August 16, 2011
New Experiment Could Help Shed Light On Antimatter
A new Chinese experiment could help explain why matter predominates over antimatter in the universe.
The Daya Bay experiment aims to explain the mystery by using antineutrinos as a probe to measure a crucial type of transformation called neutrino mixing.
"We live in a world of matter and don't know where all the antimatter went."
Neutrinos come in three varieties: electron, muon, and tau. These varieties can morph from one form to another as they travel through space and matter.
Two of the oscillations have been studied but one transformation of electron neutrinos has not been measured before.
Neutrinos and antineutrinos can pass through something as large as a planet with no interactions due to them being tiny and uncharged.
The large size and sensitivity of the detectors in the Daya Bay experiment should give the best chance for researchers to collect enough antineutrinos to precisely measure the last unknown neutrino mixing angle.
"The results will be a major contribution to understanding the role of neutrinos in the evolution of basic kinds of matter in the earliest moments after the Big Bang, and why there is more matter than antimatter in the universe today," co-spokesperson Kam-Biu Luk of the US Department of Energy's Lawrence Berkeley National Laboratory said in a press release.
The antineutrino detectors are positioned underground and submerged in pools of ultra pure water to help shield them from cosmic rays, natural sources of radiation, and other background signals.
The experiment will consist of eight 125-ton antineutrino detectors in three different locations.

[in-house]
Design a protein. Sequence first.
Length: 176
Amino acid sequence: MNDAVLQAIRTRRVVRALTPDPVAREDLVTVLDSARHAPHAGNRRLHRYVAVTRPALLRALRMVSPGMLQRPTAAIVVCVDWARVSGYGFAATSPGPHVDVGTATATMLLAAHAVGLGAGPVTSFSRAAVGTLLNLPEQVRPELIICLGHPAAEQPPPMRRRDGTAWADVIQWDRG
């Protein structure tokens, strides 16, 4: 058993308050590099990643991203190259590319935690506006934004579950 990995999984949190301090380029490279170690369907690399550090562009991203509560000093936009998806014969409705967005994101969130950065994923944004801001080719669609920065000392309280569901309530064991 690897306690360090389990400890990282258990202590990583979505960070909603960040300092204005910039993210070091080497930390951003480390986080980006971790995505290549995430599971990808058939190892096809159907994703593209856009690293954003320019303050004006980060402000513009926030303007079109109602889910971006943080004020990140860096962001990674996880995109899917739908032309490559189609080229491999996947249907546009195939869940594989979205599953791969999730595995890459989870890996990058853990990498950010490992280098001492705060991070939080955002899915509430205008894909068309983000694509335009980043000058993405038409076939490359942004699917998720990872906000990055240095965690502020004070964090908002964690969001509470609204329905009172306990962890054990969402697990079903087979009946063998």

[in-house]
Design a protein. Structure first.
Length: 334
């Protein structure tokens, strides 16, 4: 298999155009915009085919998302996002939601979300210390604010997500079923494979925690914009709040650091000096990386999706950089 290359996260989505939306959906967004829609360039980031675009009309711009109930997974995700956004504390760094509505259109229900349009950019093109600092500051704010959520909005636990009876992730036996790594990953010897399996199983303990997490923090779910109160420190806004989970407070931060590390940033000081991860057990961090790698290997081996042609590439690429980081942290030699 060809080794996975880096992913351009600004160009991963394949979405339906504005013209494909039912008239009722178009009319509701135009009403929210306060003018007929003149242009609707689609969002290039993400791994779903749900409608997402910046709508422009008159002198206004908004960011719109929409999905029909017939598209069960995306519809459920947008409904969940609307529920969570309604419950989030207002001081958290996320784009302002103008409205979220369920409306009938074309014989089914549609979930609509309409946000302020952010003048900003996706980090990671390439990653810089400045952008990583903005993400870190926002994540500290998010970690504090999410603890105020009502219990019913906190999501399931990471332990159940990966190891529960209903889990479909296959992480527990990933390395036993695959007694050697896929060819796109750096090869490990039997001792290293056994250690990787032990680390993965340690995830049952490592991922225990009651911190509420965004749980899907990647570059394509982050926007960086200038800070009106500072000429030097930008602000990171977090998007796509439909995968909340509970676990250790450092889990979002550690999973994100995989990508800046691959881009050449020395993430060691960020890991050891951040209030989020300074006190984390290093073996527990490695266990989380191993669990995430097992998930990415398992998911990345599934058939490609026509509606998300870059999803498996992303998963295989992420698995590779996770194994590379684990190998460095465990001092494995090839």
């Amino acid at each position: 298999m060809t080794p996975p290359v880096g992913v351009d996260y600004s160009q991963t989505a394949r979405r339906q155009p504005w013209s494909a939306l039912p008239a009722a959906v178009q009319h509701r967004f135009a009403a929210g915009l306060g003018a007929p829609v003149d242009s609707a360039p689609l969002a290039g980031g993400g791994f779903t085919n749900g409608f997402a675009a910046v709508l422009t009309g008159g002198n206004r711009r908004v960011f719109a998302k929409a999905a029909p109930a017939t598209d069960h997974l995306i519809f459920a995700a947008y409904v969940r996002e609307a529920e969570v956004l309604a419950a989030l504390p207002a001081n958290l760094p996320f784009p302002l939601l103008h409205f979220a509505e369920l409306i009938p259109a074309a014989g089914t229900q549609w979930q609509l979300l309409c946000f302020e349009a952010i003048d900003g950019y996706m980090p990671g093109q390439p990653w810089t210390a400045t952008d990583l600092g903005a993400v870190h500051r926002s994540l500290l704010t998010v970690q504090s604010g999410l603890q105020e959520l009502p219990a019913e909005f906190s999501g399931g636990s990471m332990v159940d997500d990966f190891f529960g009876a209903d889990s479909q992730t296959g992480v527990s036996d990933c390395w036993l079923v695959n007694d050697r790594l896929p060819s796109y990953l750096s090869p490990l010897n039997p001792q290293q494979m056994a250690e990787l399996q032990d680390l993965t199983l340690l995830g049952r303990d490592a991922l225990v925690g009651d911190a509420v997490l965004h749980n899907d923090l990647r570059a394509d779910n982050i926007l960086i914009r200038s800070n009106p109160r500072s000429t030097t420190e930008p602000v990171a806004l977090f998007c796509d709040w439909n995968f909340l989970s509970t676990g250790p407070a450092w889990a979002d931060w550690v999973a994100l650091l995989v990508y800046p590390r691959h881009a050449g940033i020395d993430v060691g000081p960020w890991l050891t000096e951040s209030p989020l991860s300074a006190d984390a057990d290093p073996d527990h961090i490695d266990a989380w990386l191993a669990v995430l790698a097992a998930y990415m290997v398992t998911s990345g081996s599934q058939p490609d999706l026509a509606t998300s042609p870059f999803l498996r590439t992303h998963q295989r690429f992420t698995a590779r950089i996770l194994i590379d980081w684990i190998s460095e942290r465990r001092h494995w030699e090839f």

"By having these different locations, we can see the neutrinos at different distances from the reactors and how they change as they travel through space," Heeger said in a press release.
Several countries are involved in the Daya Bay Reactor Neutrino Experiment, including the U.S., China, Russia, the Czech Republic, Hong Kong and Taiwan.
Image 1: The Daya Bay Reactor Neutrino Experiment captures faint flashes of light that indicate antineutrino interactions in detectors filled with scintillator fluids. Each detector is lined with photomultiplier tubes. Two detectors have begun collecting data, two more have been completed, and four are under construction. (Photo by Roy Kaltschmidt, Berkeley Lab Public Affairs)
Image 2: The detectors now taking data are housed in the experimental hall nearest the two Daya Bay reactors, shown as the water pool in which they are submerged had been completely filled and before the pool was covered with a sliding roof, instrumented to identify incoming cosmic rays. (Photo by Joseph Y.K. Hor)
On the Net:
- Daya Bay Reactor Neutrino Experiment
- University of Wisconsin"“Madison
- Lawrence Berkeley National Laboratory